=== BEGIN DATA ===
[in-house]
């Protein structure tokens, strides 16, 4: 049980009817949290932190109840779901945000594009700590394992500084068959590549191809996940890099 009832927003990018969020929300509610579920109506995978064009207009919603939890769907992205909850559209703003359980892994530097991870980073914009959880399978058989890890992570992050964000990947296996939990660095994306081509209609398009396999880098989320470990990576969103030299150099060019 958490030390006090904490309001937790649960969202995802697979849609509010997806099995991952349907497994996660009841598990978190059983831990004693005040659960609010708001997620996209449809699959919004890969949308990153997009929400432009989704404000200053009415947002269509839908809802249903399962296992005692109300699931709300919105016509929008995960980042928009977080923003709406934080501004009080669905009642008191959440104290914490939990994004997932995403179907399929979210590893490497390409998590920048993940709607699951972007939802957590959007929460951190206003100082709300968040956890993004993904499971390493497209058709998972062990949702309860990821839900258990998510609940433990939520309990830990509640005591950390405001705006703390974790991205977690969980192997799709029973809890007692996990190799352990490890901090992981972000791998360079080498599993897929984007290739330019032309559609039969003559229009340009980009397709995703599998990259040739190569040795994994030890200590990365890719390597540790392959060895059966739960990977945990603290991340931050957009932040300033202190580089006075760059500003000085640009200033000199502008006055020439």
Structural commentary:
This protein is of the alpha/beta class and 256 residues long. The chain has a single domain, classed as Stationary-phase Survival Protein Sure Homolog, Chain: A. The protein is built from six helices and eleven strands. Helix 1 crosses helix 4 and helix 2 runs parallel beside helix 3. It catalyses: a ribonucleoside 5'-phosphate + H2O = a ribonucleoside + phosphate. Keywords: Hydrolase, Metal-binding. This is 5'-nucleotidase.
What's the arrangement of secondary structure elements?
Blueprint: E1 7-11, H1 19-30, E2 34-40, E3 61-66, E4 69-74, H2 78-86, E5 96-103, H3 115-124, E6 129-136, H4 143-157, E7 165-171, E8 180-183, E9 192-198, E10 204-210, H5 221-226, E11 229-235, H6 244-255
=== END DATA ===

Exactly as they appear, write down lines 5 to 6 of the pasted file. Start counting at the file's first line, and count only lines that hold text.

What's the arrangement of secondary structure elements?
Blueprint: E1 7-11, H1 19-30, E2 34-40, E3 61-66, E4 69-74, H2 78-86, E5 96-103, H3 115-124, E6 129-136, H4 143-157, E7 165-171, E8 180-183, E9 192-198, E10 204-210, H5 221-226, E11 229-235, H6 244-255